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Mexicans are leaving the US and taking their money with them

Mexico Remittances
AP Photo/David Goldman
Remittances to Mexico are running dry.
Published Last updated This article is more than 2 years old.

Mexicans aren’t feeling the love from their friends and family living abroad.

Remittances to Mexico have fallen by 29% since 2006, according to a report released by Pew Research and based on World Bank data. This bucks the trend for the rest of Latin America, where remittances have recovered after dropping during the recession.

The dwindling cash flow is heavily tied to the US economic slump. US residents are responsible for 98% of remittances to Mexico, according to the report. When the financial crisis hit, a handful of affected industries like construction that lean on Mexican immigrant labor dragged on the cash flowing back to Mexico. Have a look at what has happened to remittances since 2008:

Lately the tie between housing starts and remittances has eased, but it’s still substantial. That could be because former construction workers are moving to other industries (unemployment among Mexican migrants has been falling).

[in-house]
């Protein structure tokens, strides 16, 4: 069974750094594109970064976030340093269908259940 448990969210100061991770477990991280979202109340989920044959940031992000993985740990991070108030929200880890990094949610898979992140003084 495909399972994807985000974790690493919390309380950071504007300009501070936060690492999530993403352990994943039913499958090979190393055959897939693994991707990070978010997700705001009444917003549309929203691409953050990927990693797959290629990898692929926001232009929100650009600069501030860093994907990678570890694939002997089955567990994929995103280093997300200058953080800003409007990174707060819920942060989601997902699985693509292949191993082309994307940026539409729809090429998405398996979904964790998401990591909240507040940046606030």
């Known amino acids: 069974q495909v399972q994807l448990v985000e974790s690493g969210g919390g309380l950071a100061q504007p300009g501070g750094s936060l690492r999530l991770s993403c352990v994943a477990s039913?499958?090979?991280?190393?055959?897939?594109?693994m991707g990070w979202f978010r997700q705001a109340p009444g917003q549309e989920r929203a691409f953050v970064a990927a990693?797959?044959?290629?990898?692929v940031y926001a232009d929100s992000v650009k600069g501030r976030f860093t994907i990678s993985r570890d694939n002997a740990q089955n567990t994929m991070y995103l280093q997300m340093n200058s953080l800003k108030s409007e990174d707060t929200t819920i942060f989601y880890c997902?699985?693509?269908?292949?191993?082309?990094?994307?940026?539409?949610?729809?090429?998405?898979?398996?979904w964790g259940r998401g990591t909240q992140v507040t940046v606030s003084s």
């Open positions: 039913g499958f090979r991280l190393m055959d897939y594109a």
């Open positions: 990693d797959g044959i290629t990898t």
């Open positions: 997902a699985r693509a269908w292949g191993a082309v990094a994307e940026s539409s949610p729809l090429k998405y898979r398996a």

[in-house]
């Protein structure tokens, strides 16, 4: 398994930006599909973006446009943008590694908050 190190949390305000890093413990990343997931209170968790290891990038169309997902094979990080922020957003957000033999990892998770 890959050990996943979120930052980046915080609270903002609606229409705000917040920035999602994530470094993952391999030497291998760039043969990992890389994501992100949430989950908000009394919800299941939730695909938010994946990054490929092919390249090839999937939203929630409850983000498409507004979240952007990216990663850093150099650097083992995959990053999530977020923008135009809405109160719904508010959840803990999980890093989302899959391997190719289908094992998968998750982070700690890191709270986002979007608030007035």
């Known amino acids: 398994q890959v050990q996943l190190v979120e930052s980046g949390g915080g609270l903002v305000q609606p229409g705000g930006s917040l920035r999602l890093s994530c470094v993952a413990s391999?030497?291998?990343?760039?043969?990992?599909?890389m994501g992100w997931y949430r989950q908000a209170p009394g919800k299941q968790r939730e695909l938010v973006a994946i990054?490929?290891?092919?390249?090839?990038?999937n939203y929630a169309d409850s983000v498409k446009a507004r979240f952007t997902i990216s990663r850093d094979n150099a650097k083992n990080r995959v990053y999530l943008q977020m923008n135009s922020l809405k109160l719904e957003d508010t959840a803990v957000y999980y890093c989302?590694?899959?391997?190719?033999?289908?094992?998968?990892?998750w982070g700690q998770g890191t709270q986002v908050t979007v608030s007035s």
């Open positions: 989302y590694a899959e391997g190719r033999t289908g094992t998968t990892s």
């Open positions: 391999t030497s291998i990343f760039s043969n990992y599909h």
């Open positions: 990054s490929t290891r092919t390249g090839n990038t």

The flow of money to Mexico is also affected by a longer-term migratory shift. The number of Mexicans moving to the US has dropped sharply since the early 2000s. In fact, more people may be headed in the opposite direction, from the US to Mexico.

Remittances to Mexico, which will total an estimated $22 billion in 2013, have traditionally helped fund a number of industries at home. In 2003, they contributed more to Mexico’s economy than tourism or foreign direct investment. And they are key drivers of consumption in the country. But that doesn’t mean the trend is necessarily bad; Mexican GDP has nevertheless grown considerably since 2006. More Mexicans staying home could mean that they see more potential in the opportunities offered by their own economy.

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